I am generally not an overly fearful person, but there are a few things that I am constantly nervous about:
1. Getting buried alive.
2. Having my skirt stuck in my underwear when I leave a public restroom.
3. Thinking I look awesome when in fact I look ridiculous.
4. Anything to do with teeth.
For the most part, I think these are reasonable fears. In fact, I am sure that most people feel the same. Though I have met some people who love going to the dentist, and there are people who have way more confidence than they should, in general, I think it’s safe to say that I am not too far off the spectrum of normal fears here.
I could definitely find some more fears if I think about it. I play out virtually every Stephen King novel in my head when my son takes his bike to the park. I freeze up for the few seconds it takes my daughter to cross the street. When there’s a thunderstorm at night I can’t help thinking that maybe it isn’t thunder, but apocalyptic explosions plunging the world into the dark ages.
I still think that’s in the realm of normal, though. I mean, everyone must think that at certain times, right?
I recently spoke to a friend about fears and asked her to list her top five. Mixed in with the losing a child and going blind was this nugget:
Not having my cell phone.
So I laughed and said, “Really? That’s really your fear.”
And she got indignant and said that it was just as reasonable as getting your skirt stuck in your undies, or spiders for that matter. The phone, she explained, was her connection to everyone. If there is a Zombie apocalypse, her phone would reach her family. If she gets caught on an island, she could use her phone to get rescued. Not having it leaves her totally alone.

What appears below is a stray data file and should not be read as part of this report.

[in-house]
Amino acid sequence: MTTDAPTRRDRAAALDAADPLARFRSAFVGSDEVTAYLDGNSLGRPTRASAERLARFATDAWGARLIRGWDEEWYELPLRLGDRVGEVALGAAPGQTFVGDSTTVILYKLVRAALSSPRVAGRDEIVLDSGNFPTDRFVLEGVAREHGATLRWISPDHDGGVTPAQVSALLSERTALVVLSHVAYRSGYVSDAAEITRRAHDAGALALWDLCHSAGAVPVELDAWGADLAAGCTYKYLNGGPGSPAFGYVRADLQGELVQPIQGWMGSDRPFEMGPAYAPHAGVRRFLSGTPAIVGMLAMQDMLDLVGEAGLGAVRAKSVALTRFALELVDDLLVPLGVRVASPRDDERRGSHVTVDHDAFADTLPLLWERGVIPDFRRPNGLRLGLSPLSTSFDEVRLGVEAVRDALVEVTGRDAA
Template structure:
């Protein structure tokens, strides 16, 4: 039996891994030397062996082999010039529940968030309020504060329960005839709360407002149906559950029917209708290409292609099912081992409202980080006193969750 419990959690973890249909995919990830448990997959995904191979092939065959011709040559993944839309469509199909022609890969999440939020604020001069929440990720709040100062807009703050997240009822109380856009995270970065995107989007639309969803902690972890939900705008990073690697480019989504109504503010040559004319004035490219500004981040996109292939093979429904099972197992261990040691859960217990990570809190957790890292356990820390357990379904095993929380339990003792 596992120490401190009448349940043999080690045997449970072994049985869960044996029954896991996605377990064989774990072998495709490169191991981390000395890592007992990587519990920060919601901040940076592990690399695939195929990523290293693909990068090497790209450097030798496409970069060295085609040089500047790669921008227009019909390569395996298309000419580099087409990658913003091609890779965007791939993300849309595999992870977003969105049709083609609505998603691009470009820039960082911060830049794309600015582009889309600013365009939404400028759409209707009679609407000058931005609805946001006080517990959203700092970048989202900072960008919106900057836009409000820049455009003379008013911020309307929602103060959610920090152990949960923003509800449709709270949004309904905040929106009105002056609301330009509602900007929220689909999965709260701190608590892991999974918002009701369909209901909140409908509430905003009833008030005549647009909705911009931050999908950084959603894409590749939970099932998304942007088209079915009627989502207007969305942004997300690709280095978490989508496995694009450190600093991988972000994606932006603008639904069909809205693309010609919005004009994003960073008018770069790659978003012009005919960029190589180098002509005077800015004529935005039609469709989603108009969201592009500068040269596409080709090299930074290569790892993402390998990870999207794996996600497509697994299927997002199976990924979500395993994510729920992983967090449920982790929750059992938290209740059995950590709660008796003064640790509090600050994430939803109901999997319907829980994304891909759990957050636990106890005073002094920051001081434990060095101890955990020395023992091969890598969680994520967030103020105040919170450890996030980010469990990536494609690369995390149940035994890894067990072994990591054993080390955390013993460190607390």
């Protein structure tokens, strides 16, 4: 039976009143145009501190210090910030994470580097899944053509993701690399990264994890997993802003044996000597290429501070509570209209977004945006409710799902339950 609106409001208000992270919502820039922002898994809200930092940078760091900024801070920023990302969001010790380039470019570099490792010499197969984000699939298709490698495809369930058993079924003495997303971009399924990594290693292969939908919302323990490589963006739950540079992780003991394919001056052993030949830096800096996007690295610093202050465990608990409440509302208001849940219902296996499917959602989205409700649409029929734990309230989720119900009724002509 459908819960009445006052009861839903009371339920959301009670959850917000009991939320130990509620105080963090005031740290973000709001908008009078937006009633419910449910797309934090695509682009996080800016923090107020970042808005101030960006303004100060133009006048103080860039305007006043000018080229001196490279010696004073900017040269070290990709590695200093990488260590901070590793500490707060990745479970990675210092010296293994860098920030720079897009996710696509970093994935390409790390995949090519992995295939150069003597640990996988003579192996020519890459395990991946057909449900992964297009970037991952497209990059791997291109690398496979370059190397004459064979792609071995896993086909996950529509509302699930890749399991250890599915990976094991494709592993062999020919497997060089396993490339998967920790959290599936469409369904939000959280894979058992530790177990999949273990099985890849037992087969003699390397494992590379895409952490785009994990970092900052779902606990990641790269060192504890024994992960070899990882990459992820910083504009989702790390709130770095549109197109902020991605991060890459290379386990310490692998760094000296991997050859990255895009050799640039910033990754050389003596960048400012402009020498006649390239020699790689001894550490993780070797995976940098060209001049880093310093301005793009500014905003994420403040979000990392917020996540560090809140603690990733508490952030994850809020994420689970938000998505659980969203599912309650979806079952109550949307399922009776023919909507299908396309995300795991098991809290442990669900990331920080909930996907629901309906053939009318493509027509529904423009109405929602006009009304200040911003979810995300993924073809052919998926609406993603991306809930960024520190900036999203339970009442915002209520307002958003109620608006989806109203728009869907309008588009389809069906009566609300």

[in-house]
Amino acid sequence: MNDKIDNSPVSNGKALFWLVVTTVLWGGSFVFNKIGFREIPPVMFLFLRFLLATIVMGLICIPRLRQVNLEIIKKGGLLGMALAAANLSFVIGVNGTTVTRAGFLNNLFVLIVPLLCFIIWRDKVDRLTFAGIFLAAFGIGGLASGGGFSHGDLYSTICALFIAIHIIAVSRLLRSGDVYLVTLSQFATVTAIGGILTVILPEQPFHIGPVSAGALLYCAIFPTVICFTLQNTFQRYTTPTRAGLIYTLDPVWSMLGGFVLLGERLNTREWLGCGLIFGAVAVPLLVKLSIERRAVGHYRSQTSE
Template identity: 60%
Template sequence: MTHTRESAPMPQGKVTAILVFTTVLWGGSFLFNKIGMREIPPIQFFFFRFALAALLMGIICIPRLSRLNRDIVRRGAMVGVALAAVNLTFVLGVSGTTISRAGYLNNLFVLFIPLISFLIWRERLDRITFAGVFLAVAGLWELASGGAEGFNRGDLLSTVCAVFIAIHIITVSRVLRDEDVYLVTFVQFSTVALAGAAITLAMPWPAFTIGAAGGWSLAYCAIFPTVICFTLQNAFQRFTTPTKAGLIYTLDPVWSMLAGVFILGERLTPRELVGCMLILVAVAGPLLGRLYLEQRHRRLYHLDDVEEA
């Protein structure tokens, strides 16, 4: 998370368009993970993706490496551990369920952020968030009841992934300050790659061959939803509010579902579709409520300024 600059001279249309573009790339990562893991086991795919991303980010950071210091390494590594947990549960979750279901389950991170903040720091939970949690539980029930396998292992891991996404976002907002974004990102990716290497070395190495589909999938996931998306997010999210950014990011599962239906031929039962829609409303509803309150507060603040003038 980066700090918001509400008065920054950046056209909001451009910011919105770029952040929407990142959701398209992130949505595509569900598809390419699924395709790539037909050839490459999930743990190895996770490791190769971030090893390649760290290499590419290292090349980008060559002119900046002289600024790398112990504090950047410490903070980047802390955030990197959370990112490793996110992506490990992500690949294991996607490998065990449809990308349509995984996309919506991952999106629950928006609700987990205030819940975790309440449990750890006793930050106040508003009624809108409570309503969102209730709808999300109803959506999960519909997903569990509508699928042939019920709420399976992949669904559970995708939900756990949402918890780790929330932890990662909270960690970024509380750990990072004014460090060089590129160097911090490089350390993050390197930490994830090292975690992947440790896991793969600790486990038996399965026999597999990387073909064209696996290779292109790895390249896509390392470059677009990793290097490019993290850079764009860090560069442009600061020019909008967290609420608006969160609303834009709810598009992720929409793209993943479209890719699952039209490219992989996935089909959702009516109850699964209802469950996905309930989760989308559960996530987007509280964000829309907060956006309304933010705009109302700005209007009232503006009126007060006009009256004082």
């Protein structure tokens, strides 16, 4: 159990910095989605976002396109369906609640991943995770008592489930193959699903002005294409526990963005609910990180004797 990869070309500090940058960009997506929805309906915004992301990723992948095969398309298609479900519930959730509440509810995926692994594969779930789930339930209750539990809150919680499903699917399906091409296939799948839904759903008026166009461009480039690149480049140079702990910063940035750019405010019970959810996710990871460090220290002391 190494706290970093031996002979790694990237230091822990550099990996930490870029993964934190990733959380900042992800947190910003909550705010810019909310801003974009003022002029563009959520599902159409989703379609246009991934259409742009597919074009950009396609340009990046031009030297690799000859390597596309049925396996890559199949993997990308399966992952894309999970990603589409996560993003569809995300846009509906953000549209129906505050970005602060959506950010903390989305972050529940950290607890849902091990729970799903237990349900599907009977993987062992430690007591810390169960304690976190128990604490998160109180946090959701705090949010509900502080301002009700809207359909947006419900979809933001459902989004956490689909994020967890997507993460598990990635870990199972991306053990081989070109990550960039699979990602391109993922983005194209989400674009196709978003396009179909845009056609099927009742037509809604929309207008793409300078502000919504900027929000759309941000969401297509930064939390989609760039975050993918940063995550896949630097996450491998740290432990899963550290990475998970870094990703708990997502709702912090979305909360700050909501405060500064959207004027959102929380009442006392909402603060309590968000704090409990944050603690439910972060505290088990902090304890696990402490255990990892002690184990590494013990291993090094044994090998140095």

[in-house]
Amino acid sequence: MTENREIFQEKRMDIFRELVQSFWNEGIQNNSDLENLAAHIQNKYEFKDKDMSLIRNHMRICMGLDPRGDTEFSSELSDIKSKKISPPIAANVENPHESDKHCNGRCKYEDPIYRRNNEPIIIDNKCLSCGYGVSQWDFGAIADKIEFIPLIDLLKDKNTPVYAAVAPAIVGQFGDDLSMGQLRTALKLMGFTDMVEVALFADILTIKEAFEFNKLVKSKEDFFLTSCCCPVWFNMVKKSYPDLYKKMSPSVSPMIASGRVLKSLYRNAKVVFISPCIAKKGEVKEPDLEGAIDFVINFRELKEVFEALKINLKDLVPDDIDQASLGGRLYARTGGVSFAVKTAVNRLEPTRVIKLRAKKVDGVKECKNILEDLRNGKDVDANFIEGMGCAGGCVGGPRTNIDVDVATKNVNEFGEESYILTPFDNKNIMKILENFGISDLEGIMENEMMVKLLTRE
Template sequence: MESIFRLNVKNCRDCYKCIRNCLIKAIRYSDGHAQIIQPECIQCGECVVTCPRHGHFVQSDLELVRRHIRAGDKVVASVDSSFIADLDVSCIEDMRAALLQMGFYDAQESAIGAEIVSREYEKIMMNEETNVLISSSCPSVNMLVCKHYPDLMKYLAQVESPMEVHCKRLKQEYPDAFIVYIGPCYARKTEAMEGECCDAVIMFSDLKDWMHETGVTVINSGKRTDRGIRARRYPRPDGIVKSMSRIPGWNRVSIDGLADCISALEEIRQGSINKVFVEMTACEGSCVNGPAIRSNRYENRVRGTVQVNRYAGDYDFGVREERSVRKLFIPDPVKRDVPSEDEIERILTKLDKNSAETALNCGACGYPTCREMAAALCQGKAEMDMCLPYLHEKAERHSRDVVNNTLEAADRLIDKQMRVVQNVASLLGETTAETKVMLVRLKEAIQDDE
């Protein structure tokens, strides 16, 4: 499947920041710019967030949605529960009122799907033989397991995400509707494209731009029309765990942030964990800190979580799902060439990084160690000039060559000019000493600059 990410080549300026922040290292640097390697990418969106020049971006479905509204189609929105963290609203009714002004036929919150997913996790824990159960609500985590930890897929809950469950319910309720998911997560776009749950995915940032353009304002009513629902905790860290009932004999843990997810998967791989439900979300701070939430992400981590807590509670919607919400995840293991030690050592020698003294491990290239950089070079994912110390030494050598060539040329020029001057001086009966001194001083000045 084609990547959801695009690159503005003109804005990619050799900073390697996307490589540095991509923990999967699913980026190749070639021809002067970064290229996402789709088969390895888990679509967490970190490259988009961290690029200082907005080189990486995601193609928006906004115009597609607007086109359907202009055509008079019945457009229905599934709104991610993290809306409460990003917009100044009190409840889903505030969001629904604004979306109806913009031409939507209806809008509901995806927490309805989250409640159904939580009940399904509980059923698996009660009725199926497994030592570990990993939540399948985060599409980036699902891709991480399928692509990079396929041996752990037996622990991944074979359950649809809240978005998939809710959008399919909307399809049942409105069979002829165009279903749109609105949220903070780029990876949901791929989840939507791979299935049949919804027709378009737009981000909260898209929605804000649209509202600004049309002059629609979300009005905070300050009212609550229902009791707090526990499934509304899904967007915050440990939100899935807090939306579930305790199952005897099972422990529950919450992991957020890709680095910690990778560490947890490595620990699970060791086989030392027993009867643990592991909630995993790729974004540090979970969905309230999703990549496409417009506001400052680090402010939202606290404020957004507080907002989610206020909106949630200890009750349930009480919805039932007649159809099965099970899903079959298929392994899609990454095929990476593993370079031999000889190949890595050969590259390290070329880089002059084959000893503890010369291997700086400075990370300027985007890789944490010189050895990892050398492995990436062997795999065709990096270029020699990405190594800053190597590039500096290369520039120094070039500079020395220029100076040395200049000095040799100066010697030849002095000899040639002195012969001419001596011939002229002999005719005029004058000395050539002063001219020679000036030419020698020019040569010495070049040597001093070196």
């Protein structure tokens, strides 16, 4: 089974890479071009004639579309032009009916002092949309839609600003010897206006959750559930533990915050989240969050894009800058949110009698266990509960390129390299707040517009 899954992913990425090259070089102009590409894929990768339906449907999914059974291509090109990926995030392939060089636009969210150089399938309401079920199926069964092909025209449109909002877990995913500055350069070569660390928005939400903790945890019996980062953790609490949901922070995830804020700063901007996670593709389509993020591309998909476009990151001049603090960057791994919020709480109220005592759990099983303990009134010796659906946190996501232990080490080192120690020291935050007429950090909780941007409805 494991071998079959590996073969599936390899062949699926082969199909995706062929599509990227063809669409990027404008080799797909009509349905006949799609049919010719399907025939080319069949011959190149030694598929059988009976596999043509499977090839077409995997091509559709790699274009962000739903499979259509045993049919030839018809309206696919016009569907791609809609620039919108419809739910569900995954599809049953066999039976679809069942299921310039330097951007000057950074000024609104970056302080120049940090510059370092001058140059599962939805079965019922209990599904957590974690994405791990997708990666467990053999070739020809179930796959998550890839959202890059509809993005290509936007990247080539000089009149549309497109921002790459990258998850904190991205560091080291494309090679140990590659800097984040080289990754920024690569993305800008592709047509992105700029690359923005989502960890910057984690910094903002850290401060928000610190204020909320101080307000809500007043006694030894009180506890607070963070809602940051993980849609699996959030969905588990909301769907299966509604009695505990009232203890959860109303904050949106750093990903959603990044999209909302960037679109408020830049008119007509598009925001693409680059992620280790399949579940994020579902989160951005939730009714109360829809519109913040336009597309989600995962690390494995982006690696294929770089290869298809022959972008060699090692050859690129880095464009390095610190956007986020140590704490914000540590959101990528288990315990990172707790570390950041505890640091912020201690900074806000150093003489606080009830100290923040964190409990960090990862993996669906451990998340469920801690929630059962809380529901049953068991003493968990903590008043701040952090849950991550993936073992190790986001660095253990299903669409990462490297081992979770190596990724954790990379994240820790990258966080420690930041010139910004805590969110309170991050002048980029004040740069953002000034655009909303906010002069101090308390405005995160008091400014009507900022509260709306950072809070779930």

I ignored the whole “You won’t have cell service on an island, much less during a Zombie strike,” and instead argued that really her fear has to do with being totally alone.
But no. It was actually her phone. The physical being of it. Like a child’s blanket or teddy bear, it was her sense of comfort.
I told her that she was completely screwed up and needed some serious values clarification. She called me an insensitive, self-centered bitch. So we took our lists and left it at that.
Sometimes you need to know who you can discuss these things with.
I didn’t ask anyone else, because really, I didn’t need to pursue it. Who am I to judge someone’s shallow fears when two of mine have to do with my appearance? You can’t get more shallow than that. These little fears are so much easier to handle than the more ominous ones that lurk in the subconscious. If I wanted to really deal with fears, I’d have a lot more to worry about than spiders. Or dentists. Or random people laughing. Those are things I’d face without blinking if my kids were in danger. If the world was ending. If zombies were on my lawn and I had no more pea-shooters left.
In that sense, even though I made fun of the cell phone fear, it makes sense. It’s controllable.
Double checking the mirror when I leave the restroom, wielding a bat against a phantom spider the size of a pea, pushing off the six-month cleaning – they’re things that keep me on my toes. Stupid and non-sensical as they are, without them, I might find myself imagining far worse. Things that are real.
So to my friend Jackie, you’re right. Losing your phone is a good fear to hang onto. It will certainly keep that clown in the sewer at bay.
Now, if you’ll excuse me, I have a dentist appointment to reschedule.